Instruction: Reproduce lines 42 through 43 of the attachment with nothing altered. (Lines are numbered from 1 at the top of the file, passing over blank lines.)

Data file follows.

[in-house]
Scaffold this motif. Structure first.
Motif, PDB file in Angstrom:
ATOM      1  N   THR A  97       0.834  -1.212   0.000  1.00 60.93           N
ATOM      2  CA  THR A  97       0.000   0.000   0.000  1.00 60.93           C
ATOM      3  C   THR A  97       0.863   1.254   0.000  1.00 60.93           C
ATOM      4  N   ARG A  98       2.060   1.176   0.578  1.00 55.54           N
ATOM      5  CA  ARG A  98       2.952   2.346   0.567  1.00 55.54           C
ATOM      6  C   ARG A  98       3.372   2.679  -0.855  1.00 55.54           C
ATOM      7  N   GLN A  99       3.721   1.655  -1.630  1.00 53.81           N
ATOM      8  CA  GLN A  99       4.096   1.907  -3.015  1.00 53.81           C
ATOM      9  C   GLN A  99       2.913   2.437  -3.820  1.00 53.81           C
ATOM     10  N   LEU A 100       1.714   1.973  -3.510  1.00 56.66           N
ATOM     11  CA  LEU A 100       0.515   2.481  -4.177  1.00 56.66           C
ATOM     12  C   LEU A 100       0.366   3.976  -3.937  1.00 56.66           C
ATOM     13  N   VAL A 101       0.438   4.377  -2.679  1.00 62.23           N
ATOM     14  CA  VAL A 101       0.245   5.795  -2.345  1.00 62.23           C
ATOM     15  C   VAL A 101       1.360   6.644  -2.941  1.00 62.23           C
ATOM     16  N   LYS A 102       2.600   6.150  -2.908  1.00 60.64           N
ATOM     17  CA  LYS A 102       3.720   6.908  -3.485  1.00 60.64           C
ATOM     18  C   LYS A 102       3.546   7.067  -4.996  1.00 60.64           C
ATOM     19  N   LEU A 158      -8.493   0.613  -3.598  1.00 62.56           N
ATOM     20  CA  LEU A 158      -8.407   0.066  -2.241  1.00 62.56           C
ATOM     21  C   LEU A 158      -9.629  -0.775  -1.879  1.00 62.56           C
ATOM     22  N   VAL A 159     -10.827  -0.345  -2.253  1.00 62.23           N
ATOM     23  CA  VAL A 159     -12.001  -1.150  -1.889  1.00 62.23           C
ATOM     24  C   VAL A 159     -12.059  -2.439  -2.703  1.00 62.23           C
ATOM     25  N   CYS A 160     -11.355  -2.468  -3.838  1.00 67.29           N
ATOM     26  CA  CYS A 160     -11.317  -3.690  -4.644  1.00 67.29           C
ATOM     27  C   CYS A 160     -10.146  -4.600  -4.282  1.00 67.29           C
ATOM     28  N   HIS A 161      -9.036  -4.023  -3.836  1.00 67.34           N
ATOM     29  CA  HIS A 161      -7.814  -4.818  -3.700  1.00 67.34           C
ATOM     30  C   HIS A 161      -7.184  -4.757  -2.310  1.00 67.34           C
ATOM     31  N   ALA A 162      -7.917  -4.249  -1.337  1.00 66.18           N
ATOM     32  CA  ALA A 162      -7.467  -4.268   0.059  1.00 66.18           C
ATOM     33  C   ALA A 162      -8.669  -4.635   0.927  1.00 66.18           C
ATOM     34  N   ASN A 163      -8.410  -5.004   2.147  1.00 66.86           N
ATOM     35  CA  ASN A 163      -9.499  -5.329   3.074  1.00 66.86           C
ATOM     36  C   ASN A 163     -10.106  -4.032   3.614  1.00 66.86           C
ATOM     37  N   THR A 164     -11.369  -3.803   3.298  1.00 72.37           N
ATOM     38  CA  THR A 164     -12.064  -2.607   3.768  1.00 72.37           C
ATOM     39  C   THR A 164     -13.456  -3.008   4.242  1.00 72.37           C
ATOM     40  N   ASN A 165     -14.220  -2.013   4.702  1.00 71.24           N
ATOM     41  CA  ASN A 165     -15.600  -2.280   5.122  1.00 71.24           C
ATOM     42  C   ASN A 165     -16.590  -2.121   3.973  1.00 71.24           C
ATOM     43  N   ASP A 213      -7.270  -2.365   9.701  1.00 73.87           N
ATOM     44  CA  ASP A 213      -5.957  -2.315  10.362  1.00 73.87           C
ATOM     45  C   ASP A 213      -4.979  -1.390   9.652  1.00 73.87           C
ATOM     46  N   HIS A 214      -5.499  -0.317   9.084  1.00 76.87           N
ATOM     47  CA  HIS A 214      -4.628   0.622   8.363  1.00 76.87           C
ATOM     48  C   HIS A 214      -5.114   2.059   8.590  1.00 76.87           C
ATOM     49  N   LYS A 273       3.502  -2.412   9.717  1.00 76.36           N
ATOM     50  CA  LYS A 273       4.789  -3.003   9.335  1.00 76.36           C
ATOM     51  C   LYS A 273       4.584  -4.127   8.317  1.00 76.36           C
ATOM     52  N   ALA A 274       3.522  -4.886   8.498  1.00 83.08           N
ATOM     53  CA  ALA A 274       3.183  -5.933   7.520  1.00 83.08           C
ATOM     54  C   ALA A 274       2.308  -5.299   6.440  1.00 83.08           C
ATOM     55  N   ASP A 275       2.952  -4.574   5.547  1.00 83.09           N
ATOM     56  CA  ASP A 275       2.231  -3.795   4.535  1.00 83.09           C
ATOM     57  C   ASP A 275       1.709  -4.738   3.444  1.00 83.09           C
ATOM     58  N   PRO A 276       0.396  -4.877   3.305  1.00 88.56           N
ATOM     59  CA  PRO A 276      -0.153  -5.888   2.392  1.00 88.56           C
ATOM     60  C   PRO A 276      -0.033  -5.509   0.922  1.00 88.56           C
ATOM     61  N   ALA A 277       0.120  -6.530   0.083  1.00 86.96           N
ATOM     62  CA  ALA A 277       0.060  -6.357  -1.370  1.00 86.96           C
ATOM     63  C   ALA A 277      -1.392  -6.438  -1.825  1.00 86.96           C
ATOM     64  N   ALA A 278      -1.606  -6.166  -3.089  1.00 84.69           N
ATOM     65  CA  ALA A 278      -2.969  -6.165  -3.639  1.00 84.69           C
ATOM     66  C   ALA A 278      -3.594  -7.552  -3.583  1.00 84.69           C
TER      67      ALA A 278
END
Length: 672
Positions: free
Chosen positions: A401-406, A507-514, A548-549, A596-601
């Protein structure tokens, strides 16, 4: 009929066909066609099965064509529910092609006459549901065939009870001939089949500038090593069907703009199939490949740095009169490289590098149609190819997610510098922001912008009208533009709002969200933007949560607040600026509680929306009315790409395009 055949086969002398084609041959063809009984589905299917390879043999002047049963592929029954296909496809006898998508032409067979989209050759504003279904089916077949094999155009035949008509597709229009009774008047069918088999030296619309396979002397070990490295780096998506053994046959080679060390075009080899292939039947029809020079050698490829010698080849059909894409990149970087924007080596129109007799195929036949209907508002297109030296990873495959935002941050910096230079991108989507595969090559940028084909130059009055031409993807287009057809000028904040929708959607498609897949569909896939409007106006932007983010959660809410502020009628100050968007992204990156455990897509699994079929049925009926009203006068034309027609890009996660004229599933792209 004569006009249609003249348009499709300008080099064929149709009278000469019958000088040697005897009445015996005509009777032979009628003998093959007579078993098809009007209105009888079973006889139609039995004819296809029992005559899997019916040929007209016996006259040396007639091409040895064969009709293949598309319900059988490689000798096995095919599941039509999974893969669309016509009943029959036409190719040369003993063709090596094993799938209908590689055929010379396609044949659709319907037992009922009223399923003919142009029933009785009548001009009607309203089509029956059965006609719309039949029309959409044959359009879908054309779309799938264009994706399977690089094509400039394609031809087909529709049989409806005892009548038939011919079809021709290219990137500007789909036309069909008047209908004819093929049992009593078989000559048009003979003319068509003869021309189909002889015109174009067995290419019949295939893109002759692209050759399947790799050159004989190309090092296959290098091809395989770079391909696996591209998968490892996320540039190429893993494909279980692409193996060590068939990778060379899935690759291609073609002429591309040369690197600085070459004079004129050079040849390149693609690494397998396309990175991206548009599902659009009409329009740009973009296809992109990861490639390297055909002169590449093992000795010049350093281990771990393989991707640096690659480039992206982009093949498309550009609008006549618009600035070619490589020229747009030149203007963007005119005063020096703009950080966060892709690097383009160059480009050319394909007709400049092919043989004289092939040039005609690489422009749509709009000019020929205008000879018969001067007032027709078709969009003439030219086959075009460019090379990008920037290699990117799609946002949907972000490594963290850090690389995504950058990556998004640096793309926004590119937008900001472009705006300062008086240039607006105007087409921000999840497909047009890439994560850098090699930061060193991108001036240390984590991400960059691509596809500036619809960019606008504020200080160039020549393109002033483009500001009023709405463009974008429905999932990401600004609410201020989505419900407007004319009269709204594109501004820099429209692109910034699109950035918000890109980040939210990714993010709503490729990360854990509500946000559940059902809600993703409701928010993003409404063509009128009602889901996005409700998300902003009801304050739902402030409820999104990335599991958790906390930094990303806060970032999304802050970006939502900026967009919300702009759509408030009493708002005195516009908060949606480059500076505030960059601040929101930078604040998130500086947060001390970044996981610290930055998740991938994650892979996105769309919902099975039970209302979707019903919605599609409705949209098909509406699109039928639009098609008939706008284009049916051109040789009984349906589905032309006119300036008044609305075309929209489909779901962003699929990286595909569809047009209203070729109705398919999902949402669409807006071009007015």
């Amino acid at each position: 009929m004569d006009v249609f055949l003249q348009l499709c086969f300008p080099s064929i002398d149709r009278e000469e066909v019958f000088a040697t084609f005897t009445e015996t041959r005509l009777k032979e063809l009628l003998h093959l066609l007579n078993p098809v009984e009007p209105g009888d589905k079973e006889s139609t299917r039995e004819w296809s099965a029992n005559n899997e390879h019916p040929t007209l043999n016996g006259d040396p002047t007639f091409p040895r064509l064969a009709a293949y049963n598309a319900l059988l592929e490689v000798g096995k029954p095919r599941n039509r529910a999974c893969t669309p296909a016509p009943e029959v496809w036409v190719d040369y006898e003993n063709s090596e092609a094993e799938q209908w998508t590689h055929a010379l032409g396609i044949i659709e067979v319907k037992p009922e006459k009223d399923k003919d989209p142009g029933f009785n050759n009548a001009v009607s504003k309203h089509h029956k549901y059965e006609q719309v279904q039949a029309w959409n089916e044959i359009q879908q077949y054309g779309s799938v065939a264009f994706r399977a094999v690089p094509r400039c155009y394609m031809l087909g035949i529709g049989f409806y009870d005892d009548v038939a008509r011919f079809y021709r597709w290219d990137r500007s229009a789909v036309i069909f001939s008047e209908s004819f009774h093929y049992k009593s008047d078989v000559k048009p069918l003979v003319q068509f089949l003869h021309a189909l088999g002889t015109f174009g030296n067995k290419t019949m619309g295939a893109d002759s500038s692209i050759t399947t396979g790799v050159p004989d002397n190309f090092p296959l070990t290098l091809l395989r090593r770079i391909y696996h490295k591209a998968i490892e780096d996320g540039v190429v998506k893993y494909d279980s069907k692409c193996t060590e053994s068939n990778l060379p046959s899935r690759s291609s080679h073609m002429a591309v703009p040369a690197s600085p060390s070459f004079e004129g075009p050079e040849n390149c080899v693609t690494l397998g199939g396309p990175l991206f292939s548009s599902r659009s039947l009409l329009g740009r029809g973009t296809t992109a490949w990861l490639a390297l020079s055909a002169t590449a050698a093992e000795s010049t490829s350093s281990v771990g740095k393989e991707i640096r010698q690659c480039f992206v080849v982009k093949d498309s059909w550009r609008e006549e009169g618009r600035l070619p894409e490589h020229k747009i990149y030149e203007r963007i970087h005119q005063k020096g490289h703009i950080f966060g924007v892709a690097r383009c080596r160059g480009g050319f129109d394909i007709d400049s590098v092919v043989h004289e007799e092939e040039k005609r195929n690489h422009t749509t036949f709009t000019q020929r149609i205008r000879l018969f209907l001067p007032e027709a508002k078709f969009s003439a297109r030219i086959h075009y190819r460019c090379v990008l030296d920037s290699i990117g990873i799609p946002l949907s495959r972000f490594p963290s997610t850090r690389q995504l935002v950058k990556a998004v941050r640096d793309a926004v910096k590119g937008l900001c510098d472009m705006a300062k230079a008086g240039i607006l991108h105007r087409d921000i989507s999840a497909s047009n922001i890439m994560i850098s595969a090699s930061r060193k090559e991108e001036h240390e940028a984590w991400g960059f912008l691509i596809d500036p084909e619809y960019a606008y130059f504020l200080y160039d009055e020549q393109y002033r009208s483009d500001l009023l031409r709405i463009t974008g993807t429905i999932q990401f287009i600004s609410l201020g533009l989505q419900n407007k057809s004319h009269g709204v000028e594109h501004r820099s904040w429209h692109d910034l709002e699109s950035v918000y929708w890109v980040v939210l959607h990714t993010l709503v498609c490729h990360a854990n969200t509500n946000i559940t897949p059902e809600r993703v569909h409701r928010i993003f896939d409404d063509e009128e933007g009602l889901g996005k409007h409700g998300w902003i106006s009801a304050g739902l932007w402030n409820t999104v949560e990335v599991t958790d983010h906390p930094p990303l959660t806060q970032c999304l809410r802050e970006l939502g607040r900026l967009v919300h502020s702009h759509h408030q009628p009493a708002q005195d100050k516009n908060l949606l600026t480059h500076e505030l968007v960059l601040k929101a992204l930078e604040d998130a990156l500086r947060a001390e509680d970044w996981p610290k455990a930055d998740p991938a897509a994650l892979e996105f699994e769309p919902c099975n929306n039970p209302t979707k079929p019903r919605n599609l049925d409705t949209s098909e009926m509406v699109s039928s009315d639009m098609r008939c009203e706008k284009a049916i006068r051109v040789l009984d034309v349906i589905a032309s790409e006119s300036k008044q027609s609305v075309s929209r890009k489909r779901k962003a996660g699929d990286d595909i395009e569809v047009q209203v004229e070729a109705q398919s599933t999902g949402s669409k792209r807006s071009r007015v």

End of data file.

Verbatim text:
ATOM     39  C   THR A 164     -13.456  -3.008   4.242  1.00 72.37           C
ATOM     40  N   ASN A 165     -14.220  -2.013   4.702  1.00 71.24           N